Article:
A leaky pipeline caused the Student Recreation and Wellness Center to close and also resulted in water shutoffs to multiple buildings on Sunday, Dec.3.
Facilities management employees noticed the leak last Wednesday, said Corey Ruff, executive director of facilities and campus management.
After the leak was discovered near the SRWC, crews began digging under the soil to make repairs. But crews hit a domestic water line Sunday morning, Ruff said, and they had to turn off the drinking and potable water to Gardner Hall, the Campus Center, Moody Coliseum, the SRWC and the Onstead Packer Biblical Studies and Mabee Business buildings. The crew was able to turn the potable water on again within a few hours.
“Res halls are our biggest priority,” Ruff said. “Contractors worked 14-hour days and our staff was up here throughout the weekend.”
The pipe that leaked, called the loopline, runs five miles around campus and has provided water heating and cooling for all buildings on campus since 2010. Ruff said the water system, which cost $5 million to install, saves energy needed to heat and cool 2.3 million square feet of facilities on campus.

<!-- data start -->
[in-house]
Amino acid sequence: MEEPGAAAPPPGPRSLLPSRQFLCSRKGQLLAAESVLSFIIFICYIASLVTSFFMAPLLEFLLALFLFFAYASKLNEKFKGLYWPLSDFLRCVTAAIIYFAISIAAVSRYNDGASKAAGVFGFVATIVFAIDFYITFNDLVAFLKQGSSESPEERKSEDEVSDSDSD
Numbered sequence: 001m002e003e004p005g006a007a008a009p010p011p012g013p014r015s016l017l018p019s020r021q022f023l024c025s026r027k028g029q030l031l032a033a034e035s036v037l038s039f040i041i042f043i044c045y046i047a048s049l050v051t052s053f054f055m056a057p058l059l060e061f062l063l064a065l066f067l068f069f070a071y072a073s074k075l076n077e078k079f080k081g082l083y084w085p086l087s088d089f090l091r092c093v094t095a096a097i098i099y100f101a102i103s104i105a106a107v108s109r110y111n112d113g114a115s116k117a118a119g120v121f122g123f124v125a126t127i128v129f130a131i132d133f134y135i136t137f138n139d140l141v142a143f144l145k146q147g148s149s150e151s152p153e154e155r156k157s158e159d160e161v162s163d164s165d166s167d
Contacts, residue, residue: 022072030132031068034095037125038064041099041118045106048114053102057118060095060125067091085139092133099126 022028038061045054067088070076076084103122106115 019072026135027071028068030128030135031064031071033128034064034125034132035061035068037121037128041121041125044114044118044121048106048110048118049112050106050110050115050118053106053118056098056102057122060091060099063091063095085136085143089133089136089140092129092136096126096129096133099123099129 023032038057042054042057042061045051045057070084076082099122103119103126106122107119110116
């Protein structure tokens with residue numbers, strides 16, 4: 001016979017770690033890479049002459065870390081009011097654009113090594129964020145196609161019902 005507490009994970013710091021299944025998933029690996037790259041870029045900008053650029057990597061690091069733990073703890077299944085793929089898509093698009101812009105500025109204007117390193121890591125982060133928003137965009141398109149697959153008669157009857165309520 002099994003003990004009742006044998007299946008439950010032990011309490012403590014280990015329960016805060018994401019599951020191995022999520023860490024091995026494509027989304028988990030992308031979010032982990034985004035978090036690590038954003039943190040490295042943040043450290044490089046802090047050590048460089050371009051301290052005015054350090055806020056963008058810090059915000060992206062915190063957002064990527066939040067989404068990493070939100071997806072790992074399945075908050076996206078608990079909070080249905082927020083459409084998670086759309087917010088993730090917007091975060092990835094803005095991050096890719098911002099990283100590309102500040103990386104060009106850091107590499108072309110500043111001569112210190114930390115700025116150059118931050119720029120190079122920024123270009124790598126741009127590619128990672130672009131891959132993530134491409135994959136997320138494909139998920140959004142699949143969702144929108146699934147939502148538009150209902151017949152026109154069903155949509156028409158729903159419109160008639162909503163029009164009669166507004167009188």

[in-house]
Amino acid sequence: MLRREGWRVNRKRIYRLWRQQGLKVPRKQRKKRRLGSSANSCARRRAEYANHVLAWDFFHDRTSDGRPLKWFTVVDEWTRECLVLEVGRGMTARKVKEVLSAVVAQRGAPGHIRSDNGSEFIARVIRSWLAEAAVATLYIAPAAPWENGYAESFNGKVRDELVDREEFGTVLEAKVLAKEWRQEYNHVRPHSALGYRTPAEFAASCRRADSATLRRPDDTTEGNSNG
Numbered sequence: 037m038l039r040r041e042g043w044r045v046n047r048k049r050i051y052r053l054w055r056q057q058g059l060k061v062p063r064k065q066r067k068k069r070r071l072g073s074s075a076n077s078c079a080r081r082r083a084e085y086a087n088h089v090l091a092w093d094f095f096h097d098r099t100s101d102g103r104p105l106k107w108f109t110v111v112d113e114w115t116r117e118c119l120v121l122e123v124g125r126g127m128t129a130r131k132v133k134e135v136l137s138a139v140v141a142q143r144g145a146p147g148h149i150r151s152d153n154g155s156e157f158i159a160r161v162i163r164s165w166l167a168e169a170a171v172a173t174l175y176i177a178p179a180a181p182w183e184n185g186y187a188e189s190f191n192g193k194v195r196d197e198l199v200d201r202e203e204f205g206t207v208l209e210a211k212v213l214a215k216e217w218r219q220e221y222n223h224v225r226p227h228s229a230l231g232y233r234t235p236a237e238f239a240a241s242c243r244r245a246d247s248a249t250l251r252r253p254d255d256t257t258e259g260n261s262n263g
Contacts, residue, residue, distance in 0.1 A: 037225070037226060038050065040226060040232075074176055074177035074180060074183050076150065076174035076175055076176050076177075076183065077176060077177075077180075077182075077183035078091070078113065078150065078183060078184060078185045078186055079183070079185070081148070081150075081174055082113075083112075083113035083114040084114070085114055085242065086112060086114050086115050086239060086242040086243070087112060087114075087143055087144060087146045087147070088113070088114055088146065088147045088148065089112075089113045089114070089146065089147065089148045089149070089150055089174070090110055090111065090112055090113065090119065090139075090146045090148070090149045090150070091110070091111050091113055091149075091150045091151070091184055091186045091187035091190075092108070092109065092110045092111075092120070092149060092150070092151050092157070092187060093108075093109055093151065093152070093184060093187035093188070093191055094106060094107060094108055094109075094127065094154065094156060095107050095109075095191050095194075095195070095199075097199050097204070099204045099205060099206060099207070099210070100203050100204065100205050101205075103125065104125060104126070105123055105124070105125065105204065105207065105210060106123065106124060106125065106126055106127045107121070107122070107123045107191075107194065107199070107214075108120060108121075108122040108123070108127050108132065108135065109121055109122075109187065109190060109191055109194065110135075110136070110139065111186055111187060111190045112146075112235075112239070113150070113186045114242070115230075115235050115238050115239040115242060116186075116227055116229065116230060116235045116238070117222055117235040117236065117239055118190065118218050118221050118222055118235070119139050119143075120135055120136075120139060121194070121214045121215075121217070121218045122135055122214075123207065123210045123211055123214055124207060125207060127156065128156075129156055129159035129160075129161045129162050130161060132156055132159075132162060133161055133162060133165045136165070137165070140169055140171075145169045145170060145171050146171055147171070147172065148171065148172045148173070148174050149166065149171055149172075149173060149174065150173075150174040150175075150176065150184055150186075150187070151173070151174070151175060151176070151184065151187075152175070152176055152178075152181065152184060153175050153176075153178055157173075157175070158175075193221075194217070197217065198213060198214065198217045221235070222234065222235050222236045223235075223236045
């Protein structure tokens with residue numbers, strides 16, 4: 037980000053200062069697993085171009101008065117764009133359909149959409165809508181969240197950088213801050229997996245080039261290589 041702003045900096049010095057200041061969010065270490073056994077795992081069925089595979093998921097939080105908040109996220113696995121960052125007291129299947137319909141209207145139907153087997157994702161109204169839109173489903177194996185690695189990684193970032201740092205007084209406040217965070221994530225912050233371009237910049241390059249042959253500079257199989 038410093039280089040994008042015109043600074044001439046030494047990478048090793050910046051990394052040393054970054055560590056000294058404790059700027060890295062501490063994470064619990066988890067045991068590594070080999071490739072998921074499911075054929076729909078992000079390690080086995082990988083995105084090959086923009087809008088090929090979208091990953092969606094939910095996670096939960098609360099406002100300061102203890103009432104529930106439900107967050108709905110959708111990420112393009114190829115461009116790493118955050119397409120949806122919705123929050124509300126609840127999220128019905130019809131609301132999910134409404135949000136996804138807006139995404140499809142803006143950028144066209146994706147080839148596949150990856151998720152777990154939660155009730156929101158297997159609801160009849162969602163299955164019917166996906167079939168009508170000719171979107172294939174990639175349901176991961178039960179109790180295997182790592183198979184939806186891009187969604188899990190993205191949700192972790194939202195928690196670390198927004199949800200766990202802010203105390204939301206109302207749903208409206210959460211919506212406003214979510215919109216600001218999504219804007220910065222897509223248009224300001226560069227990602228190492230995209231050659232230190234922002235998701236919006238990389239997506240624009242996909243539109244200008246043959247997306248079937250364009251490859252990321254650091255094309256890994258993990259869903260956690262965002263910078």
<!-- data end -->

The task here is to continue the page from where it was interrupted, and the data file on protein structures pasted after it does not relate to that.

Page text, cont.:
The water gets heated or cooled in the central plant, located between the business building and the Bible building. The water then travels through the loopline to each individual building where it heats or cools the air behind fans that circulate air to the rest of the building. The loopline should last for 20-30 years, but this pipe began leaking after just 10 years. Ruff said he attributes the leak to ground movement over time or poor insulation.
“There’s not necessarily anyone that was at fault,” Ruff said. “It’s a mechanical system, things are gonna fail prematurely. You just never know with equipment.”
The loopline that leaked affects the temperature in 1.8 million square feet of facilities, including the SRWC and Moody Coliseum. Because of the leak, the air conditioner did not work on Sunday and Monday. Ruff said Moody was a little warm during the Sunday basketball games and the SRWC closed for the day on Sunday.
Contractors have finished repairing the pipes and are now working to pour concrete and replace the soil on top of the pipes. Ruff said the repairs will be complete in the next two weeks.